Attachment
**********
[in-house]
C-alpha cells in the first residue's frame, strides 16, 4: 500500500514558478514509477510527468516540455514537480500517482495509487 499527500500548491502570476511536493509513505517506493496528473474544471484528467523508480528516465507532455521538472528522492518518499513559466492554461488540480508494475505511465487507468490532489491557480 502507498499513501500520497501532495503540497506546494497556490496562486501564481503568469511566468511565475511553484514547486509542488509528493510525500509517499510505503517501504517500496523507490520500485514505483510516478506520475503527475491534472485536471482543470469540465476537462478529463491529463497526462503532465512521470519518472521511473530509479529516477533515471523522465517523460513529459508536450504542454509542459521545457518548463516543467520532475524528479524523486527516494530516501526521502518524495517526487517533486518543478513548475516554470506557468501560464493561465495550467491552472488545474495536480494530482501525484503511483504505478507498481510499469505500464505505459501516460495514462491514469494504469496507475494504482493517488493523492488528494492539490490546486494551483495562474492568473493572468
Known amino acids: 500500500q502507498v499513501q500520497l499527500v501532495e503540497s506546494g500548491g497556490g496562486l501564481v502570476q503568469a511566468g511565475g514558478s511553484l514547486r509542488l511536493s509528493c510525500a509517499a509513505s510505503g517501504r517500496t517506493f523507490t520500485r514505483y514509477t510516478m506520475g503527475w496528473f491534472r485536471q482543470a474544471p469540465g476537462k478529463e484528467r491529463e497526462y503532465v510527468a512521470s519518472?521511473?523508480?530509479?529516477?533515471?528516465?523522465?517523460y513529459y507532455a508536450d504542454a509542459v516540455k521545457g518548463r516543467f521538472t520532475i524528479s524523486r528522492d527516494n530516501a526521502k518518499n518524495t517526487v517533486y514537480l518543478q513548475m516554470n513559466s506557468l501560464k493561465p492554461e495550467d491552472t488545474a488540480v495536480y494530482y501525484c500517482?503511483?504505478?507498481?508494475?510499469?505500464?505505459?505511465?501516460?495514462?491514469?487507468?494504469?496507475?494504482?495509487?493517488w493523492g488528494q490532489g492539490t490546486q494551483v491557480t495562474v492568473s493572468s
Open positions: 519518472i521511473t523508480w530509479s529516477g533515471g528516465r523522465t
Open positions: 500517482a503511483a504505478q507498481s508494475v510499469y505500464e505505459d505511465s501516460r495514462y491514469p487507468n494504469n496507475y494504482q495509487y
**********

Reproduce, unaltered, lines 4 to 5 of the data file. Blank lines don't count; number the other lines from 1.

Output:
Open positions: 519518472i521511473t523508480w530509479s529516477g533515471g528516465r523522465t
Open positions: 500517482a503511483a504505478q507498481s508494475v510499469y505500464e505505459d505511465s501516460r495514462y491514469p487507468n494504469n496507475y494504482q495509487y